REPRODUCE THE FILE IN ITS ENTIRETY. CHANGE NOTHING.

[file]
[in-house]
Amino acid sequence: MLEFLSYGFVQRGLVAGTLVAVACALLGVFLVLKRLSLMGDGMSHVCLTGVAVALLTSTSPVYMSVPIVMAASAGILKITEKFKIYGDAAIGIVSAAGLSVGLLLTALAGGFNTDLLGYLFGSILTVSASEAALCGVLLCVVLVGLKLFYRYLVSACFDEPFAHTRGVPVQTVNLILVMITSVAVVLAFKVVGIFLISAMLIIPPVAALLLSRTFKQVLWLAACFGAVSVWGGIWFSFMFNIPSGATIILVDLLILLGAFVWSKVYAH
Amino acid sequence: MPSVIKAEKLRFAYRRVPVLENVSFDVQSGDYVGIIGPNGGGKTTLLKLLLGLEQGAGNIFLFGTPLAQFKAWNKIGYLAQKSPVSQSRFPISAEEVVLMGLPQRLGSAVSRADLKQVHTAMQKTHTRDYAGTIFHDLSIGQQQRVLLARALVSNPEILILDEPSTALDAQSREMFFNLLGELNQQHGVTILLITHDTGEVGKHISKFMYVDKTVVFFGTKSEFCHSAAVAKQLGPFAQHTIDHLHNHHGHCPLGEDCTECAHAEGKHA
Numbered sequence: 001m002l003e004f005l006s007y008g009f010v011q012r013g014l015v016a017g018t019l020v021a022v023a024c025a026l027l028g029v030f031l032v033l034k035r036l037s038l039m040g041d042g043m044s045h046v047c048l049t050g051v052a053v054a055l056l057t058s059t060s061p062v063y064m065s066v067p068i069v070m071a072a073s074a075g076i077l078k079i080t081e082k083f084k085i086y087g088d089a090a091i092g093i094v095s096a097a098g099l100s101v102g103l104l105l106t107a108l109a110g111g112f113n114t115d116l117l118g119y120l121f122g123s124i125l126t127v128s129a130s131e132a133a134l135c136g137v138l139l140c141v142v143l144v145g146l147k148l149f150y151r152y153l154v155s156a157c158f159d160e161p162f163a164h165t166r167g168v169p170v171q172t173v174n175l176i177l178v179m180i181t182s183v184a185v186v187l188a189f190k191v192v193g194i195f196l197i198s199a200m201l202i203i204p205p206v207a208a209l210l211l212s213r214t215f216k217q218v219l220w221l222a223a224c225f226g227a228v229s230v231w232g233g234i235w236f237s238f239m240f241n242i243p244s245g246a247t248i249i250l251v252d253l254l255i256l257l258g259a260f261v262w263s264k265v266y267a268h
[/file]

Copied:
[in-house]
Amino acid sequence: MLEFLSYGFVQRGLVAGTLVAVACALLGVFLVLKRLSLMGDGMSHVCLTGVAVALLTSTSPVYMSVPIVMAASAGILKITEKFKIYGDAAIGIVSAAGLSVGLLLTALAGGFNTDLLGYLFGSILTVSASEAALCGVLLCVVLVGLKLFYRYLVSACFDEPFAHTRGVPVQTVNLILVMITSVAVVLAFKVVGIFLISAMLIIPPVAALLLSRTFKQVLWLAACFGAVSVWGGIWFSFMFNIPSGATIILVDLLILLGAFVWSKVYAH
Amino acid sequence: MPSVIKAEKLRFAYRRVPVLENVSFDVQSGDYVGIIGPNGGGKTTLLKLLLGLEQGAGNIFLFGTPLAQFKAWNKIGYLAQKSPVSQSRFPISAEEVVLMGLPQRLGSAVSRADLKQVHTAMQKTHTRDYAGTIFHDLSIGQQQRVLLARALVSNPEILILDEPSTALDAQSREMFFNLLGELNQQHGVTILLITHDTGEVGKHISKFMYVDKTVVFFGTKSEFCHSAAVAKQLGPFAQHTIDHLHNHHGHCPLGEDCTECAHAEGKHA
Numbered sequence: 001m002l003e004f005l006s007y008g009f010v011q012r013g014l015v016a017g018t019l020v021a022v023a024c025a026l027l028g029v030f031l032v033l034k035r036l037s038l039m040g041d042g043m044s045h046v047c048l049t050g051v052a053v054a055l056l057t058s059t060s061p062v063y064m065s066v067p068i069v070m071a072a073s074a075g076i077l078k079i080t081e082k083f084k085i086y087g088d089a090a091i092g093i094v095s096a097a098g099l100s101v102g103l104l105l106t107a108l109a110g111g112f113n114t115d116l117l118g119y120l121f122g123s124i125l126t127v128s129a130s131e132a133a134l135c136g137v138l139l140c141v142v143l144v145g146l147k148l149f150y151r152y153l154v155s156a157c158f159d160e161p162f163a164h165t166r167g168v169p170v171q172t173v174n175l176i177l178v179m180i181t182s183v184a185v186v187l188a189f190k191v192v193g194i195f196l197i198s199a200m201l202i203i204p205p206v207a208a209l210l211l212s213r214t215f216k217q218v219l220w221l222a223a224c225f226g227a228v229s230v231w232g233g234i235w236f237s238f239m240f241n242i243p244s245g246a247t248i249i250l251v252d253l254l255i256l257l258g259a260f261v262w263s264k265v266y267a268h